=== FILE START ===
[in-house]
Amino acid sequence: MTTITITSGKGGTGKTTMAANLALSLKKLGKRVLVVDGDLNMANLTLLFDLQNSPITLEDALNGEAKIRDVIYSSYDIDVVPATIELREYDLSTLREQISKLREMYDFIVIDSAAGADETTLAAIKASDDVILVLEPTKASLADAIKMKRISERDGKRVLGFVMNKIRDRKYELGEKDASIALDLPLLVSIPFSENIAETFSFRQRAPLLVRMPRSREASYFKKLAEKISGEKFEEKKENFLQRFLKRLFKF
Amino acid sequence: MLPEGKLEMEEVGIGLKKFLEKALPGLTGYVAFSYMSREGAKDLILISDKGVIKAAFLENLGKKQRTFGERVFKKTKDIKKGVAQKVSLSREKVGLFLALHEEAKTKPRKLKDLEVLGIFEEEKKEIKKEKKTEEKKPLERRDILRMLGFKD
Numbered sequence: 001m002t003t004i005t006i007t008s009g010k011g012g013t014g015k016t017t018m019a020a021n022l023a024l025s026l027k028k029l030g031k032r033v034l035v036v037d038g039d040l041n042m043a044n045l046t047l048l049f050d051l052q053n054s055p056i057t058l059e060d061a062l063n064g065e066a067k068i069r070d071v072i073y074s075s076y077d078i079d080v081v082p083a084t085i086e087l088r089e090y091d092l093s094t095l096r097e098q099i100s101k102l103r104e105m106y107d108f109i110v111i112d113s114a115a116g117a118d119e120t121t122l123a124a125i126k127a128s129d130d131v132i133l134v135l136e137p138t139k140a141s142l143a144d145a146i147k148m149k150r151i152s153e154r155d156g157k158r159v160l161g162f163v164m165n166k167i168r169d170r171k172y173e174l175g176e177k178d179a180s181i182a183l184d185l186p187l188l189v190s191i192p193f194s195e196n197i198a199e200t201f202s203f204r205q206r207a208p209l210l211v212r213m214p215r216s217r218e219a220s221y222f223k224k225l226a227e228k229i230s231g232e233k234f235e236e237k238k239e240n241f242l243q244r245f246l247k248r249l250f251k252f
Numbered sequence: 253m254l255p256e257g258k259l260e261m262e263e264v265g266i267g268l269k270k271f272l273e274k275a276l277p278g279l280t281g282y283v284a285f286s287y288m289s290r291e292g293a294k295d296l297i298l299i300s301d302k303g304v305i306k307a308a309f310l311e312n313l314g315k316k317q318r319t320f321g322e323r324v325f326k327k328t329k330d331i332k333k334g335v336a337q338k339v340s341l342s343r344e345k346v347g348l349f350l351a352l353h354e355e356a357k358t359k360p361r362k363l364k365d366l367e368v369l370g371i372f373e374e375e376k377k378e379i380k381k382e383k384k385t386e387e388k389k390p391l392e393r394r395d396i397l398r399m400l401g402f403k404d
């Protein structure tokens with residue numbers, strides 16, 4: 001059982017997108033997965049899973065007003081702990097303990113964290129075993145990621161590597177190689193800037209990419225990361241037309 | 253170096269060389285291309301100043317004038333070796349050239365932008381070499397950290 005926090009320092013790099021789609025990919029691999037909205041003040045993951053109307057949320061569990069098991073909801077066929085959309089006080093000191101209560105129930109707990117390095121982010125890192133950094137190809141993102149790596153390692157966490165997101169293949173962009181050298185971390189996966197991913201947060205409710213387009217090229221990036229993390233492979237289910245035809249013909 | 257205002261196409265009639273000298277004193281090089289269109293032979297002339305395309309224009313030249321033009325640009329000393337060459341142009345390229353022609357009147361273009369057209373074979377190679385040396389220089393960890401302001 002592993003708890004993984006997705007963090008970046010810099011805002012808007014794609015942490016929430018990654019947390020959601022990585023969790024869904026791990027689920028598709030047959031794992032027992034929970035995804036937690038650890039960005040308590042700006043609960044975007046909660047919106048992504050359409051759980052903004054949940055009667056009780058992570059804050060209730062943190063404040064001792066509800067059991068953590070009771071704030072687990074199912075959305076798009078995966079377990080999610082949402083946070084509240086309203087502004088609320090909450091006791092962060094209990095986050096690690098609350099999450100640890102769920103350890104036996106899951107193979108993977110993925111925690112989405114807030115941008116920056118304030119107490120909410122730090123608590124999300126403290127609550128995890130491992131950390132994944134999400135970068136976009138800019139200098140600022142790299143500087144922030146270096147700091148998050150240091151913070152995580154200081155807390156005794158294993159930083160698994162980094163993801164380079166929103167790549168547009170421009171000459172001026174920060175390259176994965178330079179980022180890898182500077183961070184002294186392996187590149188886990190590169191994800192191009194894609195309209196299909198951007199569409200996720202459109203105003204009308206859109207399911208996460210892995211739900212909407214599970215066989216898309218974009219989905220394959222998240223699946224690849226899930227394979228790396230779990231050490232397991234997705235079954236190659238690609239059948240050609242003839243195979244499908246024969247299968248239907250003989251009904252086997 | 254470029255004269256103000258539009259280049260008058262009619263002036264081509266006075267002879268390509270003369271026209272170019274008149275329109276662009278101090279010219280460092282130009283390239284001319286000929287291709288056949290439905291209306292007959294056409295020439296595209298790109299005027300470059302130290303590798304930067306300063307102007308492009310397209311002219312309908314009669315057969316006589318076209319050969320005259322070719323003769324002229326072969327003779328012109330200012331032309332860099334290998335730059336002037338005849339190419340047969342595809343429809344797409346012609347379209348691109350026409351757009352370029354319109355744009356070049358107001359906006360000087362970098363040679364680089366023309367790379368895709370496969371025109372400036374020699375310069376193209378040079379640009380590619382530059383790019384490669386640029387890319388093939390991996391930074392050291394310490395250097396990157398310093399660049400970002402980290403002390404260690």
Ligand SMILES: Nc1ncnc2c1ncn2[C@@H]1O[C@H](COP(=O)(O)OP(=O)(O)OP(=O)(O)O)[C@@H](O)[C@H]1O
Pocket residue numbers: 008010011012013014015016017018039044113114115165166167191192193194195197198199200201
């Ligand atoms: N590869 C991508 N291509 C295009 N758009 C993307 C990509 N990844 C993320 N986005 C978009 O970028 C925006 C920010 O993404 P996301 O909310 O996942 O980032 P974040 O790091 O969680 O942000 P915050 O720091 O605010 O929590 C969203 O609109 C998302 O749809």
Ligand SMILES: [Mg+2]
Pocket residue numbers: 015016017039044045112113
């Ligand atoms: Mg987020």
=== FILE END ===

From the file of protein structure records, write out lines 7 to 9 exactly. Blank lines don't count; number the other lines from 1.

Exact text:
Ligand SMILES: Nc1ncnc2c1ncn2[C@@H]1O[C@H](COP(=O)(O)OP(=O)(O)OP(=O)(O)O)[C@@H](O)[C@H]1O
Pocket residue numbers: 008010011012013014015016017018039044113114115165166167191192193194195197198199200201
């Ligand atoms: N590869 C991508 N291509 C295009 N758009 C993307 C990509 N990844 C993320 N986005 C978009 O970028 C925006 C920010 O993404 P996301 O909310 O996942 O980032 P974040 O790091 O969680 O942000 P915050 O720091 O605010 O929590 C969203 O609109 C998302 O749809």